By Jackie Carroll
If you see a resemblance between Chinese lanterns (Physalis alkekengi) and tomatillos or husk tomatoes, it’s because these closely related plants are all members of the nightshade family. The spring flowers are pretty enough, but the real delight of a Chinese lantern plant is the large, red-orange, inflated seed pod from which the plant gets its common name.
These papery pods enclose a fruit that is edible though not very tasty. While the leaves and unripened fruit are poisonous, many people like to make use of the pods in dried flower arrangements.
Growing Chinese Lantern Plants
Growing Chinese lantern plants is similar to growing other members of the nightshade family, such as tomatoes, peppers and eggplant. Chinese lantern is winter-hardy in U.S. Department of Agriculture zones 3 through 9. In addition to growing Chinese lantern plants from small transplants, many people have success with growing Chinese lantern seeds.
Chinese lantern seeds can be a bit fussy to germinate. Start them indoors in late winter or early spring. They need light in order to germinate, so lay them on top of the soil and place the pot in an area with bright but indirect light and temperatures between 70 and 75 degrees Fahrenheit. Have patience with this plant, as it takes as long as a month for seedlings to emerge.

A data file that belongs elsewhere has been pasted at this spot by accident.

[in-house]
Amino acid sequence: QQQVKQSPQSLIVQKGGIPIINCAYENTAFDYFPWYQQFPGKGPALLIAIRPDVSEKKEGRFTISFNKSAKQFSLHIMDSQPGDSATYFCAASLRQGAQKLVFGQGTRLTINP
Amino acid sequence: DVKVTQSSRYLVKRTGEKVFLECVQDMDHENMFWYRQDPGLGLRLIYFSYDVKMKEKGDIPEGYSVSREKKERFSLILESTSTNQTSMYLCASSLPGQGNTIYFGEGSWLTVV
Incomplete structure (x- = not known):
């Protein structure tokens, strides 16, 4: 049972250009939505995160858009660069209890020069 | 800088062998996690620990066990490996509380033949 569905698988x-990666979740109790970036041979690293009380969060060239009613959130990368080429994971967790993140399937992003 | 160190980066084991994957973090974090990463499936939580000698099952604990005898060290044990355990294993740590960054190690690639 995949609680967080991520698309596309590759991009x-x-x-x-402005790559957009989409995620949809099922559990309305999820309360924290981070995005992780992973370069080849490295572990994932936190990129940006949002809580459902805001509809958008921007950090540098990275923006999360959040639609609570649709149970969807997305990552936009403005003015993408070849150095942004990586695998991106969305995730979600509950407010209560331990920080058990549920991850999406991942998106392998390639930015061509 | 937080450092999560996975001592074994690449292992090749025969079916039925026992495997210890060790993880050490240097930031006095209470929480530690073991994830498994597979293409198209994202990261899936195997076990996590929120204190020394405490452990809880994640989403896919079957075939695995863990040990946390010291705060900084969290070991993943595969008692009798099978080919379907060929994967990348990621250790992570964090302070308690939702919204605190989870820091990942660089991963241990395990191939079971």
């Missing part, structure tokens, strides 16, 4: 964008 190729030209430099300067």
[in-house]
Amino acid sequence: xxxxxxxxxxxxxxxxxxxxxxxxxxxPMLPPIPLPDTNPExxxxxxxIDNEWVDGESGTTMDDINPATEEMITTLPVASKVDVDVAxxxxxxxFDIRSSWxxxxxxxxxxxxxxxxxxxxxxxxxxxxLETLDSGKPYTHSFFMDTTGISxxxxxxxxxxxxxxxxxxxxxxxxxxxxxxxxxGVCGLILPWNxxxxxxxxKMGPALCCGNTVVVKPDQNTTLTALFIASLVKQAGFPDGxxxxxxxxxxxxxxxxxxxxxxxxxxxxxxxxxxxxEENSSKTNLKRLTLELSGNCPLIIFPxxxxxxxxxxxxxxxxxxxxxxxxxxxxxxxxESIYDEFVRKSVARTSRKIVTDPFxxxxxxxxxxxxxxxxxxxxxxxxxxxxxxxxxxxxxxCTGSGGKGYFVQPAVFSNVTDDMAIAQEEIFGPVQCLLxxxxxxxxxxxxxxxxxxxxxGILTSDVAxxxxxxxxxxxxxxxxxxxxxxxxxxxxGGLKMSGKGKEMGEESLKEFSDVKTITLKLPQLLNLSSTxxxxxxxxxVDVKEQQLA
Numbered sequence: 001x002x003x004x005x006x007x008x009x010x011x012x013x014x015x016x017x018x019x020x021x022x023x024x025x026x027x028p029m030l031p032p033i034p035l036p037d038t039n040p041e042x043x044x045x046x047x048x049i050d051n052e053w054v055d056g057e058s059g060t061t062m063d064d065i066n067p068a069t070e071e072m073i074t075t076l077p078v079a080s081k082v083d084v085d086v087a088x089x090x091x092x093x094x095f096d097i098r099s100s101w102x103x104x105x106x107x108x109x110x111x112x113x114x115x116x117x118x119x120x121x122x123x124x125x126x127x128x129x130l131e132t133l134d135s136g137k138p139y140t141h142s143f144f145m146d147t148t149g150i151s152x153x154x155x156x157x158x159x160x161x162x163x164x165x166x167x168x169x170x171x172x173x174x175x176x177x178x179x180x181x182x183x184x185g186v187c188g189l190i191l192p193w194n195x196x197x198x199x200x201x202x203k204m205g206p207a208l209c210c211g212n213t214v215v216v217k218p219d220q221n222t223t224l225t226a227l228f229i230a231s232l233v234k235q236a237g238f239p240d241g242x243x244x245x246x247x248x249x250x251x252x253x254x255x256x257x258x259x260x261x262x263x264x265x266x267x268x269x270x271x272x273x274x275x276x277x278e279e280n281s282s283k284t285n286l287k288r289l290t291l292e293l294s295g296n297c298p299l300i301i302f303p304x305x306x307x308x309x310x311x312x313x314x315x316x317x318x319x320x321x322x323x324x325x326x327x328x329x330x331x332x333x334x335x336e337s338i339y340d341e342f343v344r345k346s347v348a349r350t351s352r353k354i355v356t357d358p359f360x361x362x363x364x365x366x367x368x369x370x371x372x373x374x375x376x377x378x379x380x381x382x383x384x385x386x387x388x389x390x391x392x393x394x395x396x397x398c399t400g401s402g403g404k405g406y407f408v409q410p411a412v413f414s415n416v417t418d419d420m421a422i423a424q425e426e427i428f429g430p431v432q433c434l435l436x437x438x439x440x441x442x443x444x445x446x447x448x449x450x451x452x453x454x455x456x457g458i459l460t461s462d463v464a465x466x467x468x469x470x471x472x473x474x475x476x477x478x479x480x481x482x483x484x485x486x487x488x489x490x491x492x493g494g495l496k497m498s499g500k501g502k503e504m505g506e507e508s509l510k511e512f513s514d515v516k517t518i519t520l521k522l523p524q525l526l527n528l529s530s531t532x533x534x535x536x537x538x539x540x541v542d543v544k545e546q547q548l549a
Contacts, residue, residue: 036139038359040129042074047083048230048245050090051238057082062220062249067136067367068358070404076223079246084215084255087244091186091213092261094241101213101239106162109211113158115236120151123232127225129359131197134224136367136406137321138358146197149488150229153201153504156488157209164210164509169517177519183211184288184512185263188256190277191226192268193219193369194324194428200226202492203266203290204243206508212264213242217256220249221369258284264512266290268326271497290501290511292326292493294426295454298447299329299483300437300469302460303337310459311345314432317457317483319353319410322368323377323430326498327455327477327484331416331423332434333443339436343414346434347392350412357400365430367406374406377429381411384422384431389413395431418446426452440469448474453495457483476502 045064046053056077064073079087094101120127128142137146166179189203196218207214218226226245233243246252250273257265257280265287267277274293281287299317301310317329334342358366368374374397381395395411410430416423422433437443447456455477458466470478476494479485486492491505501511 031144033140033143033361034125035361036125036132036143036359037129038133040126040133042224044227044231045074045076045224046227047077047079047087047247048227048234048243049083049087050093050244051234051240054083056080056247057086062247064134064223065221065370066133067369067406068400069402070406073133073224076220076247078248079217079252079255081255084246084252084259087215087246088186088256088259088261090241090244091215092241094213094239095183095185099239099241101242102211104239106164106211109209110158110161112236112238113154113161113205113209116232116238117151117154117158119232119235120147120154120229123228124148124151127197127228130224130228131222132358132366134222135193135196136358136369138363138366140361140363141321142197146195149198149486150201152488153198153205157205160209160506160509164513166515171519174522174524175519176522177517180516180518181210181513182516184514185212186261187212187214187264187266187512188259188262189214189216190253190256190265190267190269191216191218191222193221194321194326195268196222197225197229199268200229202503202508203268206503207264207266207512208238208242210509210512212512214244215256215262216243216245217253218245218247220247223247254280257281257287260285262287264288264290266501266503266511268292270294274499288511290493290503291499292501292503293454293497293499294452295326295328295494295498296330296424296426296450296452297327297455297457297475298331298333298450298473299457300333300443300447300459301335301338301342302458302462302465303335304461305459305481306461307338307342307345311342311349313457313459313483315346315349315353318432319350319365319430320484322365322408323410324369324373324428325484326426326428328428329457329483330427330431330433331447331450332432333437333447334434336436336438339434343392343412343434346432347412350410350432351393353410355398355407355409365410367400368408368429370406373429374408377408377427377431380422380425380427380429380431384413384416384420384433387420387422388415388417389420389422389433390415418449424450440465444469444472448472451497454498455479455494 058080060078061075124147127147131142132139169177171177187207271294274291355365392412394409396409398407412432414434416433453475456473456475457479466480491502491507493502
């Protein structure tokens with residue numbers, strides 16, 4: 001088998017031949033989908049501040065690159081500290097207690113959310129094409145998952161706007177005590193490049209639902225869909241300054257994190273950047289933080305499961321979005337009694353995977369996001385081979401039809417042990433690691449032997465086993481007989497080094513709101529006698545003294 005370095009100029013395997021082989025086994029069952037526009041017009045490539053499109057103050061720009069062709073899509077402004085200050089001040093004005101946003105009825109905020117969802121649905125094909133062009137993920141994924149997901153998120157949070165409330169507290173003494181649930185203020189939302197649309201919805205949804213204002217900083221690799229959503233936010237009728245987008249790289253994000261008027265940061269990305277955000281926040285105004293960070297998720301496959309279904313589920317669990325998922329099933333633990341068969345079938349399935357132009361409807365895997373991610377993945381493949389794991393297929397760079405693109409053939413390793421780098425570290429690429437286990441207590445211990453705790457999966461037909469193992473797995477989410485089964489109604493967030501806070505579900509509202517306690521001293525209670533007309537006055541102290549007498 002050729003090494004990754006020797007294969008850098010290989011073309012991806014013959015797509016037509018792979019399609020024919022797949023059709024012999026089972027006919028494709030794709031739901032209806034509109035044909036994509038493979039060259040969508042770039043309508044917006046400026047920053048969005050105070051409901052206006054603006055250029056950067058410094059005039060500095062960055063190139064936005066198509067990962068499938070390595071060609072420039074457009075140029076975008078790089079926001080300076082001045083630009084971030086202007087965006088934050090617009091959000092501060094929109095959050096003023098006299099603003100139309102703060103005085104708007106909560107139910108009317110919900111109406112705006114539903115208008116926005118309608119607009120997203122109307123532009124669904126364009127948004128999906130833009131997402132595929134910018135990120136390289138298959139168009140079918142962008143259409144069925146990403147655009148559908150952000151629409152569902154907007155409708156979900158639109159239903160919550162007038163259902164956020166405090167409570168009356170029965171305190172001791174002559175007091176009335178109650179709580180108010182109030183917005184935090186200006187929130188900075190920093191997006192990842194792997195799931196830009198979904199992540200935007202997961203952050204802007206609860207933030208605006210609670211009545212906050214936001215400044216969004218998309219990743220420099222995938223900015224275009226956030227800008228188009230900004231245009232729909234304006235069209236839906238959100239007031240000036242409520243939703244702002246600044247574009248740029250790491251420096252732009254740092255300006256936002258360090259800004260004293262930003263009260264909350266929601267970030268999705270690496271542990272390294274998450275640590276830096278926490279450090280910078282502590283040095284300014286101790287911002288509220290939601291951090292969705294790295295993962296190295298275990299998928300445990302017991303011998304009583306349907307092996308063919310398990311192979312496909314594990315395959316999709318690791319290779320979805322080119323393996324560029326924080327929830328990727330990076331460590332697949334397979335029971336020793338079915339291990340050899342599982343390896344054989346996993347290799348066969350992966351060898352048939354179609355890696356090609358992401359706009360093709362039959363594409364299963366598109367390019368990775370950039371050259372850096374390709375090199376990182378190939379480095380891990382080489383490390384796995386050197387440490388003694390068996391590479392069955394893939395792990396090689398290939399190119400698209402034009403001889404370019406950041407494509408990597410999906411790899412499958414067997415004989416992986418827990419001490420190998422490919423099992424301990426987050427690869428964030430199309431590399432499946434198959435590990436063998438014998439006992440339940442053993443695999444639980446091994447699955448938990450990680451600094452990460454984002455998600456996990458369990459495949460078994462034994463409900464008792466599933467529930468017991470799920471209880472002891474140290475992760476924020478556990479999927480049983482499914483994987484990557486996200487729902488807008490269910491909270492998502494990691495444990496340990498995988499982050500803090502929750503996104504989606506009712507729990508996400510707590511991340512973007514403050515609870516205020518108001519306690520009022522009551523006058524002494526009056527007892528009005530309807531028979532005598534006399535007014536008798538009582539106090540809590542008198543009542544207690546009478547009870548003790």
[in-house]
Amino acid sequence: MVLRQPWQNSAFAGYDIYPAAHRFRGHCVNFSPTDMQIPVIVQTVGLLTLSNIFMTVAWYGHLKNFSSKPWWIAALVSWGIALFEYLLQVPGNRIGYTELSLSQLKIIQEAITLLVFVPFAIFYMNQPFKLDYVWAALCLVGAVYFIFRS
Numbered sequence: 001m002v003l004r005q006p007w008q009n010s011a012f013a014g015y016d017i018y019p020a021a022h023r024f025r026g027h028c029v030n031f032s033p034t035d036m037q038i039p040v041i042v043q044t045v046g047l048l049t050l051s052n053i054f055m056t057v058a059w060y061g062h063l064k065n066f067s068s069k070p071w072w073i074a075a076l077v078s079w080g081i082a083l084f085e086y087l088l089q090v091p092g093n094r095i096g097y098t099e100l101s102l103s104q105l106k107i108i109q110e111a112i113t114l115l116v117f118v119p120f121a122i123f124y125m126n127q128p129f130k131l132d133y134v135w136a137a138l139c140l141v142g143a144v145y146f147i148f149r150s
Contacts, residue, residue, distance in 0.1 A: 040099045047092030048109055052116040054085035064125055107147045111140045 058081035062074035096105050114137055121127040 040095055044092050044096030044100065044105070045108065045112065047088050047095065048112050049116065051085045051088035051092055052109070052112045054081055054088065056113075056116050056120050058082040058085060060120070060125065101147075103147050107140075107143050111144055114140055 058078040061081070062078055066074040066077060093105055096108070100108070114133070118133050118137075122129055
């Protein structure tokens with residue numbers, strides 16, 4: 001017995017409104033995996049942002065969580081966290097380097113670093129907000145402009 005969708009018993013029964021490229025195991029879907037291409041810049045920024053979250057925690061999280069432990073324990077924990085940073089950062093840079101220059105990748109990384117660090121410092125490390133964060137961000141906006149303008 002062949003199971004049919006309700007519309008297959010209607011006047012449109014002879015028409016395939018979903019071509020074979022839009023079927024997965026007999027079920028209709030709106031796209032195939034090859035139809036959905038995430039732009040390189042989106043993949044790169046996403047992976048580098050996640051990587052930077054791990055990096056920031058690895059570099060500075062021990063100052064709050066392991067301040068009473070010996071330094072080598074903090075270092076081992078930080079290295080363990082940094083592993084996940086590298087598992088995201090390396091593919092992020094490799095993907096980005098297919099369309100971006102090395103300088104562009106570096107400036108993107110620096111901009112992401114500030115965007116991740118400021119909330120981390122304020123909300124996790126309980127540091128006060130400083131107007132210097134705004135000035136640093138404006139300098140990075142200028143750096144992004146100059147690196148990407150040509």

Once transplanted outdoors, Chinese lantern plant care and growth begins with choosing the right site. The plant needs average, moist but well-drained soil and prefers full sun though it will tolerate light shade.
How to Care for a Chinese Lantern
Caring for Chinese lanterns is easy. Keep the soil moist at all times. Water when there is less than an inch of rainfall in a week, and spread a 2- to 4-inch layer of mulch on the soil to prevent water evaporation while keeping the roots cool as well.
Fertilize with a slow-release fertilizer in spring and a balanced general-purpose fertilizer after flowering.
If the plants become leggy after flowering, you can cut them back to give them a fresh start. Cut the plants back nearly to the ground at the end of the season.
Drying the Pods
Another aspect of Chinese lantern plant care is collecting the pods. Dried Chinese lantern pods make excellent materials for fall floral arrangements and decorations. Cut the stems and remove the leaves, but leave the pods in place. Stand the stems upright in a dry, airy location. Once dry, the pods retain their color and shape for years. If you cut along the veins of the pods, they will curl into interesting shapes as they dry.